After reading my "Primer on the Long Tail" where I explained what the Long Tail really is, one kind reader wrote to me claiming that most of the stuff (products, services and merchandise) on the Long Tail is "crap" and claimed that the proof in this lay in the fact that the average product in the Long Tail doesn't sell well. This, he claimed, is logical because he reasoned that it doesn't sell well because the average person doesn't want to buy it. So, in his reasoning, if the average person doesn't like it, then it hasn't mass appeal; If it hasn't mass appeal then it doesn't sell well so it must not be "good."
He claimed that sales are the ultimate determining factor in deciding whether or not something is "Good" or "Bad."
Is this pile of junk the Top 40 Charts or the Long Tail? You decide!
Well, I won't go into the subjectiveness of "Good" or "Bad" as what I think is good you might not like or vice-versa (or what is an "average person" - I like to think that I am not average and I hope most people realize that they are special too!) But the idea that one person's "Good" translates into "Everyone's Good" is, I believe, a little bit too simplistic so, I think you will have to find someone more intelligent than I to debate that point with you. But! I will show you how, without a doubt, for many smart companies who are doing intelligent business in Japan, the Long Tail provides them with better sales, profits and opportunities than the "hit" products. And I will prove to you, once again without a doubt that, when it comes to quality, what the the "average person" buys can often be a poor indicator of quality.
Popular and best selling? Yes. Quality? No comment (not from me at least).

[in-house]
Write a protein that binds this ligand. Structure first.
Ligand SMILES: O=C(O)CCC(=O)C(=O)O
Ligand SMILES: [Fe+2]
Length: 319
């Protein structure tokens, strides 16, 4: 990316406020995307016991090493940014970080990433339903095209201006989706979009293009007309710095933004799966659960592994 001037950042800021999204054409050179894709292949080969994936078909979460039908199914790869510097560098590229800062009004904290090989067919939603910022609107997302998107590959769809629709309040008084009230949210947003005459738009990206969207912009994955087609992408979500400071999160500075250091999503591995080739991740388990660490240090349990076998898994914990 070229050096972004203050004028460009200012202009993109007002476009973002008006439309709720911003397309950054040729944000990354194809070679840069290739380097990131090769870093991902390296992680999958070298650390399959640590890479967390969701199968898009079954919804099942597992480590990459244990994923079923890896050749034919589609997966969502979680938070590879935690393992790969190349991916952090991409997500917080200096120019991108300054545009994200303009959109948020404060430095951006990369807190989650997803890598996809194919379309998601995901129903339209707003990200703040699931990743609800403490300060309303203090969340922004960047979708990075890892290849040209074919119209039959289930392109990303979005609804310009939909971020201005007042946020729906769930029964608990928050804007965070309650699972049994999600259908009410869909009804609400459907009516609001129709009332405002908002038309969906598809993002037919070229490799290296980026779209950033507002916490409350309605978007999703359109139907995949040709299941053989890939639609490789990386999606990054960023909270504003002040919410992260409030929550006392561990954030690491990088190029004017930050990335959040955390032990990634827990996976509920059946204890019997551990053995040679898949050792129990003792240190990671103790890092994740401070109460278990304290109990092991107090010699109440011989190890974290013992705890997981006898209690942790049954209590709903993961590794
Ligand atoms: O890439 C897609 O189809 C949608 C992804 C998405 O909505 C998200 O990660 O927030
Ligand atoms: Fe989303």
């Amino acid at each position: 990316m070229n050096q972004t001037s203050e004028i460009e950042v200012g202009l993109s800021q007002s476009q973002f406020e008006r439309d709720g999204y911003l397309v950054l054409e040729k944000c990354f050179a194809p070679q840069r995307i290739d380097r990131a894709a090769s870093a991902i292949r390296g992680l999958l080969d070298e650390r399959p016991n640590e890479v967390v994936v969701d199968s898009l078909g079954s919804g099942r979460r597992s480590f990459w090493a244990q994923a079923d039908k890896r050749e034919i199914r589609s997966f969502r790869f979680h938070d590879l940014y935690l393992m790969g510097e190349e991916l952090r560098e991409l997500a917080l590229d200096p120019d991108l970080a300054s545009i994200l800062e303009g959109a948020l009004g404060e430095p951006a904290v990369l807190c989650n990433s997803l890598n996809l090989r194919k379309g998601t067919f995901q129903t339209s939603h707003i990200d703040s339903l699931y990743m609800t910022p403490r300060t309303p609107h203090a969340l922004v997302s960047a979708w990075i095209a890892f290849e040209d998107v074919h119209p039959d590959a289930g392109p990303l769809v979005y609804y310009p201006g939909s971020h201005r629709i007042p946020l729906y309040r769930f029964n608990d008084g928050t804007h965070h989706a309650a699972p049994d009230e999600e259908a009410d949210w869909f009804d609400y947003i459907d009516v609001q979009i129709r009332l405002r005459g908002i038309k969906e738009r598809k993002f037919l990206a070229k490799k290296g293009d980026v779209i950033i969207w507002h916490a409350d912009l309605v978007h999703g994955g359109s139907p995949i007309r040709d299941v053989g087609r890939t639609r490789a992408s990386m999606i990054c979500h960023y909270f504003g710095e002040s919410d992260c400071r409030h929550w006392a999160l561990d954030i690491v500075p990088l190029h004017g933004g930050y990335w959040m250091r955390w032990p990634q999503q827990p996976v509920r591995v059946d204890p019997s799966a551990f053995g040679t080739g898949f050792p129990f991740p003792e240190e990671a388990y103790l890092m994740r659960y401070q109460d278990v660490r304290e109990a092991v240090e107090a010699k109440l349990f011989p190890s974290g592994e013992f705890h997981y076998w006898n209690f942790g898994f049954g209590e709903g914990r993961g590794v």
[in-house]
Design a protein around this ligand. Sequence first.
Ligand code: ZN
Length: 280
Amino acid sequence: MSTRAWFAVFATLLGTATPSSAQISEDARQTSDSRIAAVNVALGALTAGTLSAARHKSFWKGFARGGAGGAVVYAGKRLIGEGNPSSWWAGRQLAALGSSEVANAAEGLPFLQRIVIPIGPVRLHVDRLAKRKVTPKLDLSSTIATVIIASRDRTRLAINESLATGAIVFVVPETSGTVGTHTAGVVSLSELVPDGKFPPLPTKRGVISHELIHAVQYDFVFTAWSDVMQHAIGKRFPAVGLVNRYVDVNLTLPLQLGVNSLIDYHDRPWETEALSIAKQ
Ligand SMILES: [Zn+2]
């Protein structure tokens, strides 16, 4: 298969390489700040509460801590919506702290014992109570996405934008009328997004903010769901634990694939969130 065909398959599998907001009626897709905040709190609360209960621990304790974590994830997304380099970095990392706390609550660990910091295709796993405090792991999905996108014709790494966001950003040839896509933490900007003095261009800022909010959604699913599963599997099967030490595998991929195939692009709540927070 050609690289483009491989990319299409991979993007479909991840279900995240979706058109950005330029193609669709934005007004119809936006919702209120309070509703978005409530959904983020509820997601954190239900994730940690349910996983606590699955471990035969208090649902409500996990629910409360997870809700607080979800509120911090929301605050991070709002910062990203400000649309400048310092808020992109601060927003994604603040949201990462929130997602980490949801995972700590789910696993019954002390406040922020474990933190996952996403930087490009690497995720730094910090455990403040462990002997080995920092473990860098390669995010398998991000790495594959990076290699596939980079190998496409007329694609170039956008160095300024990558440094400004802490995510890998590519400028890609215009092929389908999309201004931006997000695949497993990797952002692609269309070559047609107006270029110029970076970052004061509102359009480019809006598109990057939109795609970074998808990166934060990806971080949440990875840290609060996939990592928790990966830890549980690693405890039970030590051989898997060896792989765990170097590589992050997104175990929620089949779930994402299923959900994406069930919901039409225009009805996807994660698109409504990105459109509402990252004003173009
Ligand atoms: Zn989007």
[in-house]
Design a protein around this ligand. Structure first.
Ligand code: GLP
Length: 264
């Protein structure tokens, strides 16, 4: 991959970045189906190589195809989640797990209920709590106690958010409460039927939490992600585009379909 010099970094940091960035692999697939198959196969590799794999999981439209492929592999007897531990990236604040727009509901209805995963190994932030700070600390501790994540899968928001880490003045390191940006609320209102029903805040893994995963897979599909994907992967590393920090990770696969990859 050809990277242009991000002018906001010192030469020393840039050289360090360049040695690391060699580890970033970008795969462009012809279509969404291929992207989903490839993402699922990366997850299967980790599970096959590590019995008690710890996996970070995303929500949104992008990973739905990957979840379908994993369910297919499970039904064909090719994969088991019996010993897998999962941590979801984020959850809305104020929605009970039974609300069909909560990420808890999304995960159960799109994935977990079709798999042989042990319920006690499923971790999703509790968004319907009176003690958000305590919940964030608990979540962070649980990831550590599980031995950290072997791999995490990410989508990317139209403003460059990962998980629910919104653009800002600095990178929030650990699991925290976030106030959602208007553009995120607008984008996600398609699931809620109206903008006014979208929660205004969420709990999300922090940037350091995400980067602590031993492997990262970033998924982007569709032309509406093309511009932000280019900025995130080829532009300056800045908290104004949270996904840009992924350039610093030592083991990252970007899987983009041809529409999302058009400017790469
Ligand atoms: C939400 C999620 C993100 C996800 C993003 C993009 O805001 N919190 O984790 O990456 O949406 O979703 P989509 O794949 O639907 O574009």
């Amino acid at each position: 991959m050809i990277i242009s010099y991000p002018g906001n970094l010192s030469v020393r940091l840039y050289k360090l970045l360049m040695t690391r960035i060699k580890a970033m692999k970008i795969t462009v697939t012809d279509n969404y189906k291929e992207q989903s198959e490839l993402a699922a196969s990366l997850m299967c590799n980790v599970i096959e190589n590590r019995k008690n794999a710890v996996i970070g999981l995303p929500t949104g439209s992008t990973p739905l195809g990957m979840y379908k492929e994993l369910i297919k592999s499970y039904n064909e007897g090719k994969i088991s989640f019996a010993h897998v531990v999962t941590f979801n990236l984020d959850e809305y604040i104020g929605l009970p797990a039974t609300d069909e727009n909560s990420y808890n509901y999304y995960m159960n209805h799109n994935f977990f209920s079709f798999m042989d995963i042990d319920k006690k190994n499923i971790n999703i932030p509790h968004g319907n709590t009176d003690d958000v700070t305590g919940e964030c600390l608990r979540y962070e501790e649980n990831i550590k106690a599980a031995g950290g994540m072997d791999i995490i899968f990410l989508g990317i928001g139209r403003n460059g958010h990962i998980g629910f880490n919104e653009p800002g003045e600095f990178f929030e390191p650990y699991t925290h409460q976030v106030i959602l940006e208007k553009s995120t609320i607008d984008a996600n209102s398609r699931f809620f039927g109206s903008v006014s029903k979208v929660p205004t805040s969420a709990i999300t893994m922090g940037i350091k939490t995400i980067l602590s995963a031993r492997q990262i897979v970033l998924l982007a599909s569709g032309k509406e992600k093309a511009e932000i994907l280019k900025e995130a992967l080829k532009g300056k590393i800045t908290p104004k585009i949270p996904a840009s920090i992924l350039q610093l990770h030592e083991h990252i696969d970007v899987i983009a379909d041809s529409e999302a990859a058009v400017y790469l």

The evidence of the booming business that the Long Tail offers on the Internet is all around, but even with that, some people refuse to see it, so I'll make some simple examples today.
Like I said, sure there is a lot of junk on the Long Tail, but there's a lot of junk at the top of the best seller list too. Would anyone argue that there's not a lot of crap on the, say, hit charts of popular music too?
Whether something sells well or not, is not completely a measure of it being "Good" or "Bad"; it is also a a factor in whether or not something was promoted or marketed well. It has to do with distribution problems and whether or not there was enough shelf space for it in a brick and mortar store.
I disagree that sales, in and of themselves, is a measure of "Good" or "Bad" and, once again, would like to point out what Chris Anderson wrote in The Long Tail to support my arguments. On page 118 it says,
"...for many people, the best stuff is in the Tail. If you're interested in Audiophile stereo equipment, the finest equipment is not going to be among the best sellers at Best Buy."
Think about that, that's exactly right. The best stereo equipment in the world would never be a top ten seller at a discount electronics shop or at K-Mart. Those places sell cheap boom-boxes imported from Asia. The best equipment would have to come from a specialist shop. I doubt that the average person is spending over ten or twenty thousand dollars for the world's best component stereo equipment. I won't argue that the average person is scooping up the compact, battery powered, CD, cassette, radio made in China that K-Mart has marked down to $8.99 for after Christmas clearance.
No arguments there. K-Mart also sells a guitar for $24.99 too... But I think you'd have a very hard time finding a professional quality Gibson or Fender for that low, low price - holiday clearance or not (OK, well, perhaps during the coming of the Four Horsemen of the Apocalyse!)
OK. I think anyone would agree with me on the examples above. Yes?